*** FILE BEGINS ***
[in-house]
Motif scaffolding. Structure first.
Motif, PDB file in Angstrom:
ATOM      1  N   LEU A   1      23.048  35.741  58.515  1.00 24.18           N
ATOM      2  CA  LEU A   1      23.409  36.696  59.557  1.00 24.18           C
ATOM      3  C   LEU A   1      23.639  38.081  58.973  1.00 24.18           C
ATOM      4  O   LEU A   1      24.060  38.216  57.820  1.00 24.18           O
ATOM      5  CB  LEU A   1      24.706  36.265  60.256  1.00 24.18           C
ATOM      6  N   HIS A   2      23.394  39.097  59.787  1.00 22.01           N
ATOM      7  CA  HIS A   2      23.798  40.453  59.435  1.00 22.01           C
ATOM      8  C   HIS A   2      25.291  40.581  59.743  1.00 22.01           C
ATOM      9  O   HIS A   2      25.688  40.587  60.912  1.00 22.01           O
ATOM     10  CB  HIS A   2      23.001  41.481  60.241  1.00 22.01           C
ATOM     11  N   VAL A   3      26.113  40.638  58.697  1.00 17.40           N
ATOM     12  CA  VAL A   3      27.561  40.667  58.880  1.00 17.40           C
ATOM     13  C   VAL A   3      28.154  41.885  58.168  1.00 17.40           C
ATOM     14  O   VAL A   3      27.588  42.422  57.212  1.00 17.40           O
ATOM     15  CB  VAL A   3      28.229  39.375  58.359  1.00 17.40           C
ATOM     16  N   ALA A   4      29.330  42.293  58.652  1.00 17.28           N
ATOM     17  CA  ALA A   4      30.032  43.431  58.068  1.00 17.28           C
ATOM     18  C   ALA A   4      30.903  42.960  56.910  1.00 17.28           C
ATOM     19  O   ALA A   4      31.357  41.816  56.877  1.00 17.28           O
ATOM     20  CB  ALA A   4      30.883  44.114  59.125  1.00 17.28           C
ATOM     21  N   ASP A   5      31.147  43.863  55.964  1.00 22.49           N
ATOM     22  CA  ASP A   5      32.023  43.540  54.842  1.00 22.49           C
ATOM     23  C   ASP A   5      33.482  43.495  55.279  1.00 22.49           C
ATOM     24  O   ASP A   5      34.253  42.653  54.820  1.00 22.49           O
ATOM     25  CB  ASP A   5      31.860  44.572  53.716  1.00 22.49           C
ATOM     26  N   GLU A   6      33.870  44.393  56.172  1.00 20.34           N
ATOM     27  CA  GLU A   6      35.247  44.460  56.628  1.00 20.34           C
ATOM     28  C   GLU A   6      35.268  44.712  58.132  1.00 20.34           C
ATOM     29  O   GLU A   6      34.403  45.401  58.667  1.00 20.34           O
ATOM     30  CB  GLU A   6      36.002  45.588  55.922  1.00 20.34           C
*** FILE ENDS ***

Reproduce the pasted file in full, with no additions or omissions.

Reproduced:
[in-house]
Motif scaffolding. Structure first.
Motif, PDB file in Angstrom:
ATOM      1  N   LEU A   1      23.048  35.741  58.515  1.00 24.18           N
ATOM      2  CA  LEU A   1      23.409  36.696  59.557  1.00 24.18           C
ATOM      3  C   LEU A   1      23.639  38.081  58.973  1.00 24.18           C
ATOM      4  O   LEU A   1      24.060  38.216  57.820  1.00 24.18           O
ATOM      5  CB  LEU A   1      24.706  36.265  60.256  1.00 24.18           C
ATOM      6  N   HIS A   2      23.394  39.097  59.787  1.00 22.01           N
ATOM      7  CA  HIS A   2      23.798  40.453  59.435  1.00 22.01           C
ATOM      8  C   HIS A   2      25.291  40.581  59.743  1.00 22.01           C
ATOM      9  O   HIS A   2      25.688  40.587  60.912  1.00 22.01           O
ATOM     10  CB  HIS A   2      23.001  41.481  60.241  1.00 22.01           C
ATOM     11  N   VAL A   3      26.113  40.638  58.697  1.00 17.40           N
ATOM     12  CA  VAL A   3      27.561  40.667  58.880  1.00 17.40           C
ATOM     13  C   VAL A   3      28.154  41.885  58.168  1.00 17.40           C
ATOM     14  O   VAL A   3      27.588  42.422  57.212  1.00 17.40           O
ATOM     15  CB  VAL A   3      28.229  39.375  58.359  1.00 17.40           C
ATOM     16  N   ALA A   4      29.330  42.293  58.652  1.00 17.28           N
ATOM     17  CA  ALA A   4      30.032  43.431  58.068  1.00 17.28           C
ATOM     18  C   ALA A   4      30.903  42.960  56.910  1.00 17.28           C
ATOM     19  O   ALA A   4      31.357  41.816  56.877  1.00 17.28           O
ATOM     20  CB  ALA A   4      30.883  44.114  59.125  1.00 17.28           C
ATOM     21  N   ASP A   5      31.147  43.863  55.964  1.00 22.49           N
ATOM     22  CA  ASP A   5      32.023  43.540  54.842  1.00 22.49           C
ATOM     23  C   ASP A   5      33.482  43.495  55.279  1.00 22.49           C
ATOM     24  O   ASP A   5      34.253  42.653  54.820  1.00 22.49           O
ATOM     25  CB  ASP A   5      31.860  44.572  53.716  1.00 22.49           C
ATOM     26  N   GLU A   6      33.870  44.393  56.172  1.00 20.34           N
ATOM     27  CA  GLU A   6      35.247  44.460  56.628  1.00 20.34           C
ATOM     28  C   GLU A   6      35.268  44.712  58.132  1.00 20.34           C
ATOM     29  O   GLU A   6      34.403  45.401  58.667  1.00 20.34           O
ATOM     30  CB  GLU A   6      36.002  45.588  55.922  1.00 20.34           C